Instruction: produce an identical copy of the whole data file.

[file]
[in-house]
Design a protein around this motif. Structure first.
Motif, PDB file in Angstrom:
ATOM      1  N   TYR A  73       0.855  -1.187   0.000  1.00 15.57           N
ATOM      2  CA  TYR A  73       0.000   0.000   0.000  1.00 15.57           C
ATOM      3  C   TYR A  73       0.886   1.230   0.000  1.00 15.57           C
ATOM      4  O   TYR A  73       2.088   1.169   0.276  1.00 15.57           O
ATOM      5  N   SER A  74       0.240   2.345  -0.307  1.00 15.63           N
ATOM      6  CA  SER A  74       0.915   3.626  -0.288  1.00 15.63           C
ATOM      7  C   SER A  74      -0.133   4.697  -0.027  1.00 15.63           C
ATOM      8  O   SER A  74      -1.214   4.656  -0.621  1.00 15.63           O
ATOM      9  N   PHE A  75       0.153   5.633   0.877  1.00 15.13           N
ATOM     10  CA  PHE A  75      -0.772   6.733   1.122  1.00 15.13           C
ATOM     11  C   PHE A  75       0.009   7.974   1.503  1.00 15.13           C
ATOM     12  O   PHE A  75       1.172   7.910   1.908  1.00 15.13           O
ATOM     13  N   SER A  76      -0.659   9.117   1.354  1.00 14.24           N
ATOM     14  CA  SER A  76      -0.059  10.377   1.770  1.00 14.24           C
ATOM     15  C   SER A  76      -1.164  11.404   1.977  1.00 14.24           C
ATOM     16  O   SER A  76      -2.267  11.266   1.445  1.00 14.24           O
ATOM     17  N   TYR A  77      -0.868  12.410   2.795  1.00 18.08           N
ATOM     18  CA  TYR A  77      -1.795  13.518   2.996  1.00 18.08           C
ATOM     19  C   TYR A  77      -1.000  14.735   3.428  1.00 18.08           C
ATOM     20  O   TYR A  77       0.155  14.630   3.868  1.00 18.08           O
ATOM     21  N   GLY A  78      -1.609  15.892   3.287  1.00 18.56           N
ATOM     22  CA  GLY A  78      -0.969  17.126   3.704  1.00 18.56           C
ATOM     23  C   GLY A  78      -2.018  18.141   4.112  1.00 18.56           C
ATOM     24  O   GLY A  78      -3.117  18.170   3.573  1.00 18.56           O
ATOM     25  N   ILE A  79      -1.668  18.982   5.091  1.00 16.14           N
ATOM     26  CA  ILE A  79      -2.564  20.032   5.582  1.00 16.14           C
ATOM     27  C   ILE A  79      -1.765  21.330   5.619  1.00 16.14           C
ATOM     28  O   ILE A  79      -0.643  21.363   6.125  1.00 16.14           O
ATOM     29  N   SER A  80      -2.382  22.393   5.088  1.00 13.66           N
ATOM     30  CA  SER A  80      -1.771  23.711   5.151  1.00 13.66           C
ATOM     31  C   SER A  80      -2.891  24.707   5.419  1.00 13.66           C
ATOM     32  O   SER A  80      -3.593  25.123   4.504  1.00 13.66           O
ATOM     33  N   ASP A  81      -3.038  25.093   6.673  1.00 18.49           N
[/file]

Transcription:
[in-house]
Design a protein around this motif. Structure first.
Motif, PDB file in Angstrom:
ATOM      1  N   TYR A  73       0.855  -1.187   0.000  1.00 15.57           N
ATOM      2  CA  TYR A  73       0.000   0.000   0.000  1.00 15.57           C
ATOM      3  C   TYR A  73       0.886   1.230   0.000  1.00 15.57           C
ATOM      4  O   TYR A  73       2.088   1.169   0.276  1.00 15.57           O
ATOM      5  N   SER A  74       0.240   2.345  -0.307  1.00 15.63           N
ATOM      6  CA  SER A  74       0.915   3.626  -0.288  1.00 15.63           C
ATOM      7  C   SER A  74      -0.133   4.697  -0.027  1.00 15.63           C
ATOM      8  O   SER A  74      -1.214   4.656  -0.621  1.00 15.63           O
ATOM      9  N   PHE A  75       0.153   5.633   0.877  1.00 15.13           N
ATOM     10  CA  PHE A  75      -0.772   6.733   1.122  1.00 15.13           C
ATOM     11  C   PHE A  75       0.009   7.974   1.503  1.00 15.13           C
ATOM     12  O   PHE A  75       1.172   7.910   1.908  1.00 15.13           O
ATOM     13  N   SER A  76      -0.659   9.117   1.354  1.00 14.24           N
ATOM     14  CA  SER A  76      -0.059  10.377   1.770  1.00 14.24           C
ATOM     15  C   SER A  76      -1.164  11.404   1.977  1.00 14.24           C
ATOM     16  O   SER A  76      -2.267  11.266   1.445  1.00 14.24           O
ATOM     17  N   TYR A  77      -0.868  12.410   2.795  1.00 18.08           N
ATOM     18  CA  TYR A  77      -1.795  13.518   2.996  1.00 18.08           C
ATOM     19  C   TYR A  77      -1.000  14.735   3.428  1.00 18.08           C
ATOM     20  O   TYR A  77       0.155  14.630   3.868  1.00 18.08           O
ATOM     21  N   GLY A  78      -1.609  15.892   3.287  1.00 18.56           N
ATOM     22  CA  GLY A  78      -0.969  17.126   3.704  1.00 18.56           C
ATOM     23  C   GLY A  78      -2.018  18.141   4.112  1.00 18.56           C
ATOM     24  O   GLY A  78      -3.117  18.170   3.573  1.00 18.56           O
ATOM     25  N   ILE A  79      -1.668  18.982   5.091  1.00 16.14           N
ATOM     26  CA  ILE A  79      -2.564  20.032   5.582  1.00 16.14           C
ATOM     27  C   ILE A  79      -1.765  21.330   5.619  1.00 16.14           C
ATOM     28  O   ILE A  79      -0.643  21.363   6.125  1.00 16.14           O
ATOM     29  N   SER A  80      -2.382  22.393   5.088  1.00 13.66           N
ATOM     30  CA  SER A  80      -1.771  23.711   5.151  1.00 13.66           C
ATOM     31  C   SER A  80      -2.891  24.707   5.419  1.00 13.66           C
ATOM     32  O   SER A  80      -3.593  25.123   4.504  1.00 13.66           O
ATOM     33  N   ASP A  81      -3.038  25.093   6.673  1.00 18.49           N